• \$\begingroup\$ This is as far as I've come and I'm not sure if it's right: Vector2 screenPosition = new Vector2(PointToClient(MousePosition).X, PointToClient(MousePosition).Y); Matrix m = screenPosition * matrix.Invert(Camera.MatrixWorld) * Matrix.Invert(Camera.MatrixView) * Matrix.Invert(Camera.MatrixWorld); \$\endgroup\$ – Deukalion Jun 30 '12 at 13:18
  • \$\begingroup\$ ...and I create my Matrices (in my Camera class) this way: matrix_world = Matrix.CreateRotationZ(MathHelper.ToRadians(world_rotation.Z)) * Matrix.CreateRotationY(MathHelper.ToRadians(world_rotation.Y)) * Matrix.CreateRotationX(MathHelper.ToRadians(world_rotation.X)) * Matrix.CreateTranslation(world_location) * Matrix.CreateScale(world_zoom); matrix_view = Matrix.CreateLookAt(view_position, view_lookat, Vector3.Up); matrix_projection = Matrix.CreatePerspectiveFieldOfView(projection_fieldofview, projection_aspectratio, projection_clipstart, projection_clipend); \$\endgroup\$ – Deukalion Jun 30 '12 at 13:18

Typically, I'll just create a bounding volume out of my mouse. The origin being where I clicked. Then, complete an intersection test by looping all objects. Then, sort the list you get back based on the criteria you want and select element 0.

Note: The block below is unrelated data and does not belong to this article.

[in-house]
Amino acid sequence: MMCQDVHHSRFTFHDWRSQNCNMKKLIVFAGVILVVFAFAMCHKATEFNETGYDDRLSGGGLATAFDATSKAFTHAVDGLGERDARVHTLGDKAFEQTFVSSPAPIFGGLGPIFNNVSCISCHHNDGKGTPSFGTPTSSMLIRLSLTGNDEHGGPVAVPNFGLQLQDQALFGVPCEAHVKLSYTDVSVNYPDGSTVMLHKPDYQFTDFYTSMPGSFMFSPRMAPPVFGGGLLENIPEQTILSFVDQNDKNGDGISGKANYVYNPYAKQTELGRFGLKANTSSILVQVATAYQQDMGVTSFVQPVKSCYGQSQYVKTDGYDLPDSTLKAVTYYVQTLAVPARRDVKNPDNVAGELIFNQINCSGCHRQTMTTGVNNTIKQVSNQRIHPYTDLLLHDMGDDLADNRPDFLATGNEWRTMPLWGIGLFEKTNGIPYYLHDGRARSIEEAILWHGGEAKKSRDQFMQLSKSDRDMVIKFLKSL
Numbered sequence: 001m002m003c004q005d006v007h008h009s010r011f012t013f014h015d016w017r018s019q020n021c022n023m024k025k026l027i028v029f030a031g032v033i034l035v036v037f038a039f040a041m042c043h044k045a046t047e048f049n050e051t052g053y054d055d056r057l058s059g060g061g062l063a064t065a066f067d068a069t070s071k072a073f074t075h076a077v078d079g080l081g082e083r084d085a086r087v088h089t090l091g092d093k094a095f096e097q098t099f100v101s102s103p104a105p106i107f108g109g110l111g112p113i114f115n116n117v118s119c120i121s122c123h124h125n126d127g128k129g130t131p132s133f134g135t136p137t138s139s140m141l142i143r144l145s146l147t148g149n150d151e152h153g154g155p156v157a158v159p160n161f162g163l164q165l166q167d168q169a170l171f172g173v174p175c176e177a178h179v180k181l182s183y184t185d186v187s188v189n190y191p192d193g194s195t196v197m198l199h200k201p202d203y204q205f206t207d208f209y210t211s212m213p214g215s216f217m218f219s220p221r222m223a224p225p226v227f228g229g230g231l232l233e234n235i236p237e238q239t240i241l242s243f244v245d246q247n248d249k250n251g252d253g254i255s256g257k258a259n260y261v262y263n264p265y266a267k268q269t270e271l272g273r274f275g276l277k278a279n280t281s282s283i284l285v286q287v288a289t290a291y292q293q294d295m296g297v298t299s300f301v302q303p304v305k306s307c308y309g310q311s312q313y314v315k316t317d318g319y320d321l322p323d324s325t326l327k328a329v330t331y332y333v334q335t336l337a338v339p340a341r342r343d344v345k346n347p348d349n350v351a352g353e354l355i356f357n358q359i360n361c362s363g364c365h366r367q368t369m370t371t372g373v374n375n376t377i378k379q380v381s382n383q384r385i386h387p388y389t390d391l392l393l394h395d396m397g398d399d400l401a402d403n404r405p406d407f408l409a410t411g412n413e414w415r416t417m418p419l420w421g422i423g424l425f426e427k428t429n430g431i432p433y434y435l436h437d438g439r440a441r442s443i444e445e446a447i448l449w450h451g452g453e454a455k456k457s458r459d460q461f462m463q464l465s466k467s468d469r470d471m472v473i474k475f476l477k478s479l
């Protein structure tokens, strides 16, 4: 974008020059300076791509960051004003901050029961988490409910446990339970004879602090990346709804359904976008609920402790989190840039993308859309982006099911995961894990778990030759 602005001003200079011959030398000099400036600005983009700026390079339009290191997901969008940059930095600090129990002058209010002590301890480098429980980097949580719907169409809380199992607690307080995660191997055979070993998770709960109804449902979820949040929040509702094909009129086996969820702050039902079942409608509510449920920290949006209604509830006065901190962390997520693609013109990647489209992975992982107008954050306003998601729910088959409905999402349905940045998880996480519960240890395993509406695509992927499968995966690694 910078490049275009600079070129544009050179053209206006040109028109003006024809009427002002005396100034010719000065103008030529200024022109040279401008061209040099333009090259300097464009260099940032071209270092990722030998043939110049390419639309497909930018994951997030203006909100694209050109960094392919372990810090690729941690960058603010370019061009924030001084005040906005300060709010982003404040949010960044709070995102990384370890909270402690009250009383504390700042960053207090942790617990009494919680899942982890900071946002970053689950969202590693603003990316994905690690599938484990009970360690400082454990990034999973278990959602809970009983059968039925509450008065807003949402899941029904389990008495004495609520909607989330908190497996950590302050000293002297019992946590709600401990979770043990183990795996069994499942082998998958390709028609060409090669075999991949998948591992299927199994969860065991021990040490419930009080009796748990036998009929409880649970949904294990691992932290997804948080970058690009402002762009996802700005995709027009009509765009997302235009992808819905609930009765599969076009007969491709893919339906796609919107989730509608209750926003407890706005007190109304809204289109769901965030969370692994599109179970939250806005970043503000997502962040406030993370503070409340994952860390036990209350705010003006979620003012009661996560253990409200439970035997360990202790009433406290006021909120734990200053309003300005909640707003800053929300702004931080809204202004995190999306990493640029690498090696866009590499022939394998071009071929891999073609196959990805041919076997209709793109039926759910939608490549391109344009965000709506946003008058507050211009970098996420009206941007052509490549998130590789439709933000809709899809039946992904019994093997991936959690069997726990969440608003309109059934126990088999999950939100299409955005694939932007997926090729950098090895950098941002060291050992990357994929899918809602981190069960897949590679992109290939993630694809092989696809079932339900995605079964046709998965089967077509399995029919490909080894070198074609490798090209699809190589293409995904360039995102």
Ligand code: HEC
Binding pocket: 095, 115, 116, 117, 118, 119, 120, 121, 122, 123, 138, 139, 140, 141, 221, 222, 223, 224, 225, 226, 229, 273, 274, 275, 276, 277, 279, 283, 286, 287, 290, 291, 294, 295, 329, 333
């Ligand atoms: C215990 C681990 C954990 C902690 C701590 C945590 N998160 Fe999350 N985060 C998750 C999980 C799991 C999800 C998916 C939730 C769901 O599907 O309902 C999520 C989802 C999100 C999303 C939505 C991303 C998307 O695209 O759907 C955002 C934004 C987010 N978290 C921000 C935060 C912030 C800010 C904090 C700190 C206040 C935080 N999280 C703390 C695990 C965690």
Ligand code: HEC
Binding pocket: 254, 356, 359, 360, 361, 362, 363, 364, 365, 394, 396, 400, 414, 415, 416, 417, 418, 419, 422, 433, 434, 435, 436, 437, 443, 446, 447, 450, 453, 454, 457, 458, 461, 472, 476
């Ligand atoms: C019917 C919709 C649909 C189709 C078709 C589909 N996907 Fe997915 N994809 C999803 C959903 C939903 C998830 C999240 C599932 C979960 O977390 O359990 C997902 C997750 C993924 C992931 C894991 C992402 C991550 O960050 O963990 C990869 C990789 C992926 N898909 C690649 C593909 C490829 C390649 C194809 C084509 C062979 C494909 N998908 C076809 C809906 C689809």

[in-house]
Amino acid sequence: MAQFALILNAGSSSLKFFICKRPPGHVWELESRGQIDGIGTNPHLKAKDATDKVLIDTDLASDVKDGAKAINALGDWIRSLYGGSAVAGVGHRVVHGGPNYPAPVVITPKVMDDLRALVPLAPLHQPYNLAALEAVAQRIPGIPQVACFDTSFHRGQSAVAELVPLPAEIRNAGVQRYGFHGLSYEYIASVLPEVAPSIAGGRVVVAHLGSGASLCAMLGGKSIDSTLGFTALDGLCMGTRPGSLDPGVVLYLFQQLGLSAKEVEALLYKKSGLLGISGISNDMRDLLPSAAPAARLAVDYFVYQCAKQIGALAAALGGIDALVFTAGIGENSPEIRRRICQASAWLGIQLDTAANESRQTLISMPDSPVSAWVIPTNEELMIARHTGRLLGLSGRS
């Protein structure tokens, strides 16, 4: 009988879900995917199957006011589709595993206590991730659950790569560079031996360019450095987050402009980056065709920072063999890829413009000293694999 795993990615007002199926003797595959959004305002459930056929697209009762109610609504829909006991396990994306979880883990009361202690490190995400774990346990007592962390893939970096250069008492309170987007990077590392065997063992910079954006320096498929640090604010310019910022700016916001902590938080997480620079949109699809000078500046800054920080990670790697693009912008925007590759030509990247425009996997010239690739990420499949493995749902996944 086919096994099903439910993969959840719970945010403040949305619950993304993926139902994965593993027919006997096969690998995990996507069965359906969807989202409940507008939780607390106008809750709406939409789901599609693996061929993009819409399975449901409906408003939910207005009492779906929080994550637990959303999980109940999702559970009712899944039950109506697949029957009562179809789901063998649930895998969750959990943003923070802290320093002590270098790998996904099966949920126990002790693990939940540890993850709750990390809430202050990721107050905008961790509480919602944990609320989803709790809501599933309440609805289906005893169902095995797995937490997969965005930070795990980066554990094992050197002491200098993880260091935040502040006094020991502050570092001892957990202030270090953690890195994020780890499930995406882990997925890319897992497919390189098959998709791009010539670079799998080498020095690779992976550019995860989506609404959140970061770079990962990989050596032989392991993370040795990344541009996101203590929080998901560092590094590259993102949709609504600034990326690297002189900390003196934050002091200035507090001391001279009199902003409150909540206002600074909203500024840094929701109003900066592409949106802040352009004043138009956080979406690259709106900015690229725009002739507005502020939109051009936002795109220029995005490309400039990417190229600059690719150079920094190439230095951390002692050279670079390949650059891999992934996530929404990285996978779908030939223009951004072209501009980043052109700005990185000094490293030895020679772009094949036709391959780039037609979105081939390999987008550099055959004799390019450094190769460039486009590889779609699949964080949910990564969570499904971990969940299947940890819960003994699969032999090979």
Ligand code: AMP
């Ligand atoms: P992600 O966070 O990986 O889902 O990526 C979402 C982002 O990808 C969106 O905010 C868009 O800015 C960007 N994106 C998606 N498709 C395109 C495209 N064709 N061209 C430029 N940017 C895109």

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  • \$\begingroup\$ I get that. But how do I do with Z value? Or depth, because if I just click on the screen I get X, Y coordinate and that can later correspond to a point in the 3D World where I click, but the depth value I don't get. How "close" to the camera is it or how far away? \$\endgroup\$ – Deukalion Jun 29 '12 at 13:59

An idea I have considered but not yet tried:

Draw an offscreen image the same as the real image but no textures etc. Simply draw your objects, each object in a different "color" where the "color" is really just an object number. To figure out what's under the mouse you simply look at the color of the pixel on the alternate image.

Of course this is doing a lot of wasted work but it's the GPU doing it rather than the CPU and it's sure to resolve things by exactly the same rules.